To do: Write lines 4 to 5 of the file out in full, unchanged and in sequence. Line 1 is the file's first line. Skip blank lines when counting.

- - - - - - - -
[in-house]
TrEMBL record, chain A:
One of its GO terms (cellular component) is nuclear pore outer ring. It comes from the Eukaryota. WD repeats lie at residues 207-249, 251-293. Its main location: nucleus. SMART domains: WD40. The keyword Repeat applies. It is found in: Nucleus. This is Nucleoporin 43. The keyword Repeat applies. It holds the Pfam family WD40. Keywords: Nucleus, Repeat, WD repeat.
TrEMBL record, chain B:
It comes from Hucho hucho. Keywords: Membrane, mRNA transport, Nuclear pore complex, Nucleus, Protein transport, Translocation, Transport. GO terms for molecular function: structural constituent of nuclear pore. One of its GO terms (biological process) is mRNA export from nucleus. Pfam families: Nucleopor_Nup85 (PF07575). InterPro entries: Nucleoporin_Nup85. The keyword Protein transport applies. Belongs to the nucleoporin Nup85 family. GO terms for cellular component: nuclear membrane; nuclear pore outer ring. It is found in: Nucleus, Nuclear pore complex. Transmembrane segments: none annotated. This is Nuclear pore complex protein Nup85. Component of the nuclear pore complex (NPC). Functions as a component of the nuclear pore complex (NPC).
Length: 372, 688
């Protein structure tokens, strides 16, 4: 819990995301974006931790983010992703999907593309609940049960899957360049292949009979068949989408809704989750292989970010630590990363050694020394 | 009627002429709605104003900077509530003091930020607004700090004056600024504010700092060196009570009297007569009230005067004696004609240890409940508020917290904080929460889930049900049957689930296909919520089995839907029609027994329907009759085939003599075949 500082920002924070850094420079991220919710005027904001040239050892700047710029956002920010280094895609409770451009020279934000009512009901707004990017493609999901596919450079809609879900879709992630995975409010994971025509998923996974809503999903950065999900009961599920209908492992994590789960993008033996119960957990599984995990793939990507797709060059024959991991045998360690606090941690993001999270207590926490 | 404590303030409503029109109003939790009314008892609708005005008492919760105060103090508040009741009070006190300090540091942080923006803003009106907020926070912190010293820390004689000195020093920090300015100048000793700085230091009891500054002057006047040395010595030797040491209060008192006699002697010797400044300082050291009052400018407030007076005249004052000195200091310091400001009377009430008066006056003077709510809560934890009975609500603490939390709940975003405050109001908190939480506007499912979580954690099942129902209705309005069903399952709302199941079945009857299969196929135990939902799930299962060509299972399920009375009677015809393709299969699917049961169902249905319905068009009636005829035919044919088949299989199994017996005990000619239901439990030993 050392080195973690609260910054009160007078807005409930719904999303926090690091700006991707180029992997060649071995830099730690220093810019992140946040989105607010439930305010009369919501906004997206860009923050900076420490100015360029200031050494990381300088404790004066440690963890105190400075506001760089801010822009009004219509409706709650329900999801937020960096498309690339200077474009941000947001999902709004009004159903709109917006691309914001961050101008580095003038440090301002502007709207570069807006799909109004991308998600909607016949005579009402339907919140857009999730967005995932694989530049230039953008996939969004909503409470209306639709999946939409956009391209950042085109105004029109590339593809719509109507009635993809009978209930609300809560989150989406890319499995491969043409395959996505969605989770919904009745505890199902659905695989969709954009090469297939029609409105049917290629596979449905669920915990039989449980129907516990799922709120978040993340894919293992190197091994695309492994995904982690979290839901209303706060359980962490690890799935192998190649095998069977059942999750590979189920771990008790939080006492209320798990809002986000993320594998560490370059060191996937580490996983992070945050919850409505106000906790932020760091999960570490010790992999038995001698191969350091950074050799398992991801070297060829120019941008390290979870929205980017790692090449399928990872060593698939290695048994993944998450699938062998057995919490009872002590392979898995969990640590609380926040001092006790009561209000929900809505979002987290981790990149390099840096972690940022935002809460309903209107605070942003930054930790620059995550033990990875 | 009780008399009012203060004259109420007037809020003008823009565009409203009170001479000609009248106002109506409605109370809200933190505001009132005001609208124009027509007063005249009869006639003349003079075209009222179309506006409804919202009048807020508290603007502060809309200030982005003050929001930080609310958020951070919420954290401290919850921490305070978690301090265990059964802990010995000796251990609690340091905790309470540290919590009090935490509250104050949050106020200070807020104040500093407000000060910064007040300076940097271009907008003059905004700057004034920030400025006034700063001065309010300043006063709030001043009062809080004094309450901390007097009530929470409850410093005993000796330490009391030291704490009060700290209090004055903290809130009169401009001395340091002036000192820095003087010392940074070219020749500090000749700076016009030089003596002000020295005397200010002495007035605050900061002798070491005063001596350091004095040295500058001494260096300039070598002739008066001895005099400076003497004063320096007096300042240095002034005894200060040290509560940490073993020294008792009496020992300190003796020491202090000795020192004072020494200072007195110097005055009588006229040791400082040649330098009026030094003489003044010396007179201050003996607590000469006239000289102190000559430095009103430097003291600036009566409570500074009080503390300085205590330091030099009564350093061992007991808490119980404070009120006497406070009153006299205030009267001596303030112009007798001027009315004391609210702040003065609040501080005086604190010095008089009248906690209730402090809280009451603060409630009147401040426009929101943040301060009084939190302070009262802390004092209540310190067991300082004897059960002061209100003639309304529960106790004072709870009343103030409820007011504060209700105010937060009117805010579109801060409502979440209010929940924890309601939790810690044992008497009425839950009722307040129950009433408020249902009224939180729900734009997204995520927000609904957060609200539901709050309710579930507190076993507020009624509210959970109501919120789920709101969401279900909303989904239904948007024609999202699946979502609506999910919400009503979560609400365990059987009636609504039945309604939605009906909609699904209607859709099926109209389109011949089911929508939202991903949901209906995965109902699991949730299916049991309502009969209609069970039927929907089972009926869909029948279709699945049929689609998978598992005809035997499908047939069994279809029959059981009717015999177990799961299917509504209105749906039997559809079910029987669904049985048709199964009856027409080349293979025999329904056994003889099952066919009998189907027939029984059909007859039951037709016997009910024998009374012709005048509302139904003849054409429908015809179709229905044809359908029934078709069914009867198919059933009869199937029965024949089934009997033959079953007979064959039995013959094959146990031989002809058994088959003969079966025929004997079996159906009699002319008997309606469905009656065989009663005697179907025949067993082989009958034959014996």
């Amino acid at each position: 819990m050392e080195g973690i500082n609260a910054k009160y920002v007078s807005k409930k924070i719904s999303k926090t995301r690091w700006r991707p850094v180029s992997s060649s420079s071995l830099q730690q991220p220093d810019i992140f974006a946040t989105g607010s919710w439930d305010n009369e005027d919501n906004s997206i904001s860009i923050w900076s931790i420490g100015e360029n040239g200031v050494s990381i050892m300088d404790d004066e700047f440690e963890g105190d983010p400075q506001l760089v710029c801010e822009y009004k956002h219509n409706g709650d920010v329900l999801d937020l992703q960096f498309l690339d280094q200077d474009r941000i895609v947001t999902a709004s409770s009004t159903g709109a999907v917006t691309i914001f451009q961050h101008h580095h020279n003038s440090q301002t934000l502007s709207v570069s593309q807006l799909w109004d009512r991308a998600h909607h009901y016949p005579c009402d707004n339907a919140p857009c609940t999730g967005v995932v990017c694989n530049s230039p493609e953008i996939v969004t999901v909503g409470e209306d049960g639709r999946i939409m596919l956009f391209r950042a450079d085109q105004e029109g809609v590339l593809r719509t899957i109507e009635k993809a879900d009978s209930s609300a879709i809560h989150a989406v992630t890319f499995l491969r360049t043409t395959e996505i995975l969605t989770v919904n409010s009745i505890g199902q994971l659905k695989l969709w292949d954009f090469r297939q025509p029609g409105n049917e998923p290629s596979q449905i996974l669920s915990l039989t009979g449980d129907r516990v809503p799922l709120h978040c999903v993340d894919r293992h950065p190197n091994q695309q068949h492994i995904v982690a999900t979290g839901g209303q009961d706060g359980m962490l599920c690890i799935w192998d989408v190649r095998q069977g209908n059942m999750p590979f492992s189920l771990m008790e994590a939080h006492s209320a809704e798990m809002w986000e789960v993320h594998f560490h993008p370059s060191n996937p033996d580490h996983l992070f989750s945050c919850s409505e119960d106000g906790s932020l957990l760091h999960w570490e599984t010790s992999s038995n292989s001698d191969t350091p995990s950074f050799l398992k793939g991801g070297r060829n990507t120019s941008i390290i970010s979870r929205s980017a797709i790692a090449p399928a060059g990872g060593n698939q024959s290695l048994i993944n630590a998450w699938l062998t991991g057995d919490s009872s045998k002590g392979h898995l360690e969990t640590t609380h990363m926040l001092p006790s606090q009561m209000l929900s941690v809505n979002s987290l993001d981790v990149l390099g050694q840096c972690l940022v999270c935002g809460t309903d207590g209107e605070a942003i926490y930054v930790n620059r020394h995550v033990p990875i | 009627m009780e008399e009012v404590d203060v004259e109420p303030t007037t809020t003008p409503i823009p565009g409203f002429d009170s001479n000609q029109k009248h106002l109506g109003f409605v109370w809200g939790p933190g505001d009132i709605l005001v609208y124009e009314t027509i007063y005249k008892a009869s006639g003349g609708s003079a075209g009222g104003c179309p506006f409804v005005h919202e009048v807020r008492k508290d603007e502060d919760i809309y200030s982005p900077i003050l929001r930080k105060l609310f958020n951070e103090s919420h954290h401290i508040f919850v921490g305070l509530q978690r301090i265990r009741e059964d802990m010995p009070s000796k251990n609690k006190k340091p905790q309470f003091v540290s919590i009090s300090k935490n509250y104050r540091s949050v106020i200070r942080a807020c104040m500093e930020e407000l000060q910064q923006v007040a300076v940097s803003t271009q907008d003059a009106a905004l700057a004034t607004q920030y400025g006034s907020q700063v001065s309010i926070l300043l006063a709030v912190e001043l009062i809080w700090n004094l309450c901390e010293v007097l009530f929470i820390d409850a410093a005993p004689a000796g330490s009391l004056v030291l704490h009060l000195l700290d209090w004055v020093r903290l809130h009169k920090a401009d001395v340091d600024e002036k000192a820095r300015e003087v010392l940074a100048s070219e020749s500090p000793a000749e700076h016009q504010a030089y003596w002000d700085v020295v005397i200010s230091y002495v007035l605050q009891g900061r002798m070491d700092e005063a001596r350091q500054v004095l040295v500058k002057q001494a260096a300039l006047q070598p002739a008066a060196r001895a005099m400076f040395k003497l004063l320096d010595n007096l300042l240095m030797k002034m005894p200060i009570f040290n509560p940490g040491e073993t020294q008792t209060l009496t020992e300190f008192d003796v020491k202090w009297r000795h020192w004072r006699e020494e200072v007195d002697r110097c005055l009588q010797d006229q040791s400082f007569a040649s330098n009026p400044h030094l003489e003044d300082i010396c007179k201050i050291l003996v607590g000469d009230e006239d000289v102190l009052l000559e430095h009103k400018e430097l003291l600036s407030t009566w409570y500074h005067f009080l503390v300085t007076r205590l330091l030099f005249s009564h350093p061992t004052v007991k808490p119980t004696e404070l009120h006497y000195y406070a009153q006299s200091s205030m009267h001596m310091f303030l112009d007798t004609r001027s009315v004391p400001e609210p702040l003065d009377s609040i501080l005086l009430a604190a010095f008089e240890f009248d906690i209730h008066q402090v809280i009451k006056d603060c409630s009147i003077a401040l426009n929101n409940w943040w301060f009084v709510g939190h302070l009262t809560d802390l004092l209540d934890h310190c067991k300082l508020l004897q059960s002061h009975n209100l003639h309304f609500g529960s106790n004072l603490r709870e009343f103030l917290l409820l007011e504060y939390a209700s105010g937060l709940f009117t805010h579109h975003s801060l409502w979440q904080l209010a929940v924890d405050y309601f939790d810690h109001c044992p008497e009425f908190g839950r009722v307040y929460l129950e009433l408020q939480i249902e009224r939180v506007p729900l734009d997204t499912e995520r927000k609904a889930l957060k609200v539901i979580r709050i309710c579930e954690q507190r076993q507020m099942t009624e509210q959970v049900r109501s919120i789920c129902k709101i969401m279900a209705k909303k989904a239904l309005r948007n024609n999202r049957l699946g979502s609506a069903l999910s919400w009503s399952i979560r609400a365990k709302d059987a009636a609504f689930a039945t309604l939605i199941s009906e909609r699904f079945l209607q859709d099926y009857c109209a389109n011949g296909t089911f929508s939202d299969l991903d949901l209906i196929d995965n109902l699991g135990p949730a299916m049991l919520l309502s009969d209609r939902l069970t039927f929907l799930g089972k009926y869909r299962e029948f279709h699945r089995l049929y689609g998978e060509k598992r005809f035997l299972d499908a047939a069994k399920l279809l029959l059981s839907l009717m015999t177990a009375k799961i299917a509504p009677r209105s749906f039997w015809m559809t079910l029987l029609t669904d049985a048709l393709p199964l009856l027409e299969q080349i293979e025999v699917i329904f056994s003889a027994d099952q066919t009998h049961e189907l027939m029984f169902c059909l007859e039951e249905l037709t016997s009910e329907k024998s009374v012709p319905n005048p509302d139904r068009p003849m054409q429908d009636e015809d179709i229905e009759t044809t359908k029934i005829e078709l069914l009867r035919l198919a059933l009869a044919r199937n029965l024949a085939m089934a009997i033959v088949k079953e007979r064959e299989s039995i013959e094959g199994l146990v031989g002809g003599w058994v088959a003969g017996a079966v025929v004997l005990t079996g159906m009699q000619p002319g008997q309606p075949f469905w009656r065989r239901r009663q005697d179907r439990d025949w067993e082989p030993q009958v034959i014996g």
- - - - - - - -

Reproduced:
TrEMBL record, chain B:
It comes from Hucho hucho. Keywords: Membrane, mRNA transport, Nuclear pore complex, Nucleus, Protein transport, Translocation, Transport. GO terms for molecular function: structural constituent of nuclear pore. One of its GO terms (biological process) is mRNA export from nucleus. Pfam families: Nucleopor_Nup85 (PF07575). InterPro entries: Nucleoporin_Nup85. The keyword Protein transport applies. Belongs to the nucleoporin Nup85 family. GO terms for cellular component: nuclear membrane; nuclear pore outer ring. It is found in: Nucleus, Nuclear pore complex. Transmembrane segments: none annotated. This is Nuclear pore complex protein Nup85. Component of the nuclear pore complex (NPC). Functions as a component of the nuclear pore complex (NPC).